Sunday, August 5, 2018


Focus: Sylvia [purchase]

The premise of our next theme is to highlight bands or musicians who had some degree of fame, but seem to have been forgotten over the years. I think it will be interesting to see what our team comes up with over the next two weeks.

I recently heard Focus’ most famous song, “Hocus Pocus” somewhere, and I was reminded that the song is both an example of incredible musicianship and remarkable silliness. Interestingly, though, most of the band’s music that I am familiar with is not at all silly, and to some degree, their legacy has been tainted by being considered as a novelty act because of this one song. Nothing could be farther from the truth, though. In fact, during the period of Focus’ popularity, their music was clever, well-played, and was able to straddle the worlds of rock, folk, jazz and classical without difficulty. They amply deserved their fame, and should be remembered today for more than one song—even if it is a pretty great song.

Originally formed as a trio in 1969 in Amsterdam by keyboardist, vocalist, and flautist Thijs van Leer, after the addition of guitarist Jan Akkerman, the newly named Focus secured a regular gig as the pit band for the Dutch production of Hair. An initially unsuccessful debut album, called Focus Plays Focus followed, but the band recorded a song, “House of the King," a classically influenced instrumental that featured Akkerman’s incendiary guitar and van Leer’s flute, that became a top 10 hit in the Netherlands, and garnered interest outside their native land. The song was added to the international version of the album, re-titled In and out of Focus, but the album was still mostly ignored, only reaching No. 104 on the US album charts.

But it was Focus’s second album, after the rhythm section was replaced, that the band took off. Called Focus II in Holland, but Moving Waves elsewhere, it included the aforementioned “Hocus Pocus,” whose 6:42 second length was edited down to 3:18 for single release. It hit No. 9 on the Billboard 100 chart in the US, and has been featured in movies, TV shows and commercials. In fact, researching this piece reminded me to go watch the movie Baby Driver, which uses an excerpt from “Hocus Pocus” to great effect (spoiler alert). The album reached No. 8 on the Billboard album chart in the US and No. 2 on the UK album chart. Moving Waves featured the band’s signature classical/jazz/rock fusion, with top notch playing, and is really a wonderful album.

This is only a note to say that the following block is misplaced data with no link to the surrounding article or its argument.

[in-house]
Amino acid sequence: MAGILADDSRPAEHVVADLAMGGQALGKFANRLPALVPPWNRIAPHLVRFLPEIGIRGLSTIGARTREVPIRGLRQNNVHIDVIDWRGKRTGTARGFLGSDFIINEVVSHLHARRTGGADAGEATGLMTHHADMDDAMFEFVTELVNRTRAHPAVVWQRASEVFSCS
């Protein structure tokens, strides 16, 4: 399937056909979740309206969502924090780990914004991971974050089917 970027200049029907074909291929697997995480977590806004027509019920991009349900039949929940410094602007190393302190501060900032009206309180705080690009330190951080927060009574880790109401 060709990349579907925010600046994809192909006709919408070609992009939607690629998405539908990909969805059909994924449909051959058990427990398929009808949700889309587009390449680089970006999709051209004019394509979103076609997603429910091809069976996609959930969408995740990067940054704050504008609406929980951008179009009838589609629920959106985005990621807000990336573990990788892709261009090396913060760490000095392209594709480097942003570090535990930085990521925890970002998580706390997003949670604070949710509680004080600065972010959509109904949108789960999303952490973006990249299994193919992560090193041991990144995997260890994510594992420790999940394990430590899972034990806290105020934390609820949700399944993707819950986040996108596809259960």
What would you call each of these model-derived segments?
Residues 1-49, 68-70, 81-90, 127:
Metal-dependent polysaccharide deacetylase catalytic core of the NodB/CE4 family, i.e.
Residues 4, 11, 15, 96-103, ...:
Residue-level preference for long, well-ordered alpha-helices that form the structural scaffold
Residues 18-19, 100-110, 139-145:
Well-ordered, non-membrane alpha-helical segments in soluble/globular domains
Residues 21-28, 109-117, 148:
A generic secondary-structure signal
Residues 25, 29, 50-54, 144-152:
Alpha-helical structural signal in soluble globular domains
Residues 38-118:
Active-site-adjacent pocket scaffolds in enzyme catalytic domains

Following a successful tour of Europe and the UK, Focus returned to the studio to record their third album, Focus III, with yet another new bass player. Included on this album was the triumphant instrumental (with some wordless vocals) “Sylvia,” a reworking of an old pre-Focus song written by van Leer, and our feature song (because if you have heard of Focus, you probably know “Hocus Pocus,” but maybe not “Sylvia.”) An economical three and a half minute tune, it always makes me happy. While “Sylvia” didn’t reach the same heights as a single in the US (stalling at No. 89), it became an international hit for the band, and the album was also a success. As Allmusic has observed:

The song remains one of the most loved and best remembered songs from Focus' catalog. The consistency in musical quality throughout Focus III is enough to merit any listeners' respect. To be frank, this LP has it all: diverse songs, astounding musicianship, one of the finest singles ever released -- Focus III should unquestionably be ranked alongside the likes of Revolver, Dark Side of the Moon, and any others of rock's greatest. 

And yet, it isn’t.

Focus followed this success with a headlining tour of Europe and the UK, and a North American tour, opening for other prog-rock luminaries. But the rigors of touring exacerbated tensions between van Leer and Akkerman and led to the replacement of drummer Pierre van der Linden. One set of songs was trashed before the band, with the two leaders working separately in the studio, released Hamburger Concerto, another diverse album that while often engaging, was not as good as its predecessors (and even included another attempt to strike “Hocus Pocus” gold with a song called “Harem Scarem.”). The album charted, but not as highly as Focus III. Another world tour followed, including an appearance on Don Kirshner's Rock Concert. Apparently, a young Michael Jackson was a fan, and saw them a few times, with Akkerman later claiming that MJ nicked a bass line from one of his solo songs.

That’s pretty much where I, and I think much of the world, lost track of Focus. Akkerman and van Leer feuded, drummers came and went, and ultimately Akkerman was given the boot, replaced by the fine Belgian guitarist Philip Catherine. But the band devolved into chaos, and a number of bad ideas and alcohol led to the breakup of Focus in 1978.

A few reunions in the 1980s and 1990s, some with, and some without, Akkerman were unsuccessful, but in the early 2000s van Leer formed a new version of Focus, has released a handful of new albums, and, as this piece is written, the band is on tour, with 2018 dates in Europe, the UK, and Mexico. Akkerman's solo career has embraced jazz, rock, fusion, and classical music, and he still breaks out both "Hocus Pocus" and "Sylvia" on occasion.

Clearly, the changing musical landscape in the late 1970s led to the disappearance of many prog-rockers, most of whom changed their sound, disappeared, or fell into obscurity. And yet, there is still a cohort of these bands who are still remembered today. I’d like to add Focus to that group.

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